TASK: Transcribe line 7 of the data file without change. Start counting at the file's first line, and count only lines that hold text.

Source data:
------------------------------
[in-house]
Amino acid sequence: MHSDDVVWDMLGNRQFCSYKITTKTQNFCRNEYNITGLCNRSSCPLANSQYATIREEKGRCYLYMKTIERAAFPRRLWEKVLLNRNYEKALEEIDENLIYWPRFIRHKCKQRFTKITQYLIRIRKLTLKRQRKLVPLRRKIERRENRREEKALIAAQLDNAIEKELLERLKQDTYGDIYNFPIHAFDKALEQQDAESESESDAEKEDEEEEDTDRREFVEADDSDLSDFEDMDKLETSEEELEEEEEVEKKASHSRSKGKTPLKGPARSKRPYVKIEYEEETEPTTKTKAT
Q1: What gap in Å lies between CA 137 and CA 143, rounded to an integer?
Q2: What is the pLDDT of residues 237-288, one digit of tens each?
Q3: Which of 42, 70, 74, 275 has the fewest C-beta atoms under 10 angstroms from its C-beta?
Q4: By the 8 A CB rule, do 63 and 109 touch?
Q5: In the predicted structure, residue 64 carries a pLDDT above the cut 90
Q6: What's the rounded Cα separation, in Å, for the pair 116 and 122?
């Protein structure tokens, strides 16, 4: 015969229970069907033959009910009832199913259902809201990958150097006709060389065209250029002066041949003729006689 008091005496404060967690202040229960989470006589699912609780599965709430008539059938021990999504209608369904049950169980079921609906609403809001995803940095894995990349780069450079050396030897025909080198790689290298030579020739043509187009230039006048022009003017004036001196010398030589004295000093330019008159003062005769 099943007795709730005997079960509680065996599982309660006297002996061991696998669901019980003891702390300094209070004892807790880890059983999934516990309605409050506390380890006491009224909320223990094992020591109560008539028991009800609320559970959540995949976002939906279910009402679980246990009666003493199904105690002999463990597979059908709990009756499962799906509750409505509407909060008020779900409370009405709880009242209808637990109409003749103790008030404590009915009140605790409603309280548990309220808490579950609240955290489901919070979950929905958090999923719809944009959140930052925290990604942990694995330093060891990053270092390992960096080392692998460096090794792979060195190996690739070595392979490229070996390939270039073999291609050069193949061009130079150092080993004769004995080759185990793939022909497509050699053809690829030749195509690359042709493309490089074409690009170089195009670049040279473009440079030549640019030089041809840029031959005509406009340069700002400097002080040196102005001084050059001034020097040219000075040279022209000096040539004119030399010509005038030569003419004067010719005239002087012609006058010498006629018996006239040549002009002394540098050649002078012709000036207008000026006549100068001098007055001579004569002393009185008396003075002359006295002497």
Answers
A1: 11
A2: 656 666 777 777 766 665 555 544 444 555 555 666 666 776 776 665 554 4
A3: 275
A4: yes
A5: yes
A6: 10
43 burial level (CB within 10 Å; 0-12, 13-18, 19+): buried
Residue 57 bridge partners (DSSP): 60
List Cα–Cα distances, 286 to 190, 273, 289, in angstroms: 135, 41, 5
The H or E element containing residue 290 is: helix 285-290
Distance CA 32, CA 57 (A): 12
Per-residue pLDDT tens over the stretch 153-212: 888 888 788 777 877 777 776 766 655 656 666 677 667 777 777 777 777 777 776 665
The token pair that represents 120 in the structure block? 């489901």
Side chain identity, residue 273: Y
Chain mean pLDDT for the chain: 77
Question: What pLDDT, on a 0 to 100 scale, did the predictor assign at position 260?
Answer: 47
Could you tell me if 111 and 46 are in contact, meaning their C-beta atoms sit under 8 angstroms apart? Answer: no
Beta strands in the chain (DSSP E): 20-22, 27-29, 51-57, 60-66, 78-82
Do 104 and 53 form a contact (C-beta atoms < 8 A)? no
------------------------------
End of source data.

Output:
Q5: In the predicted structure, residue 64 carries a pLDDT above the cut 90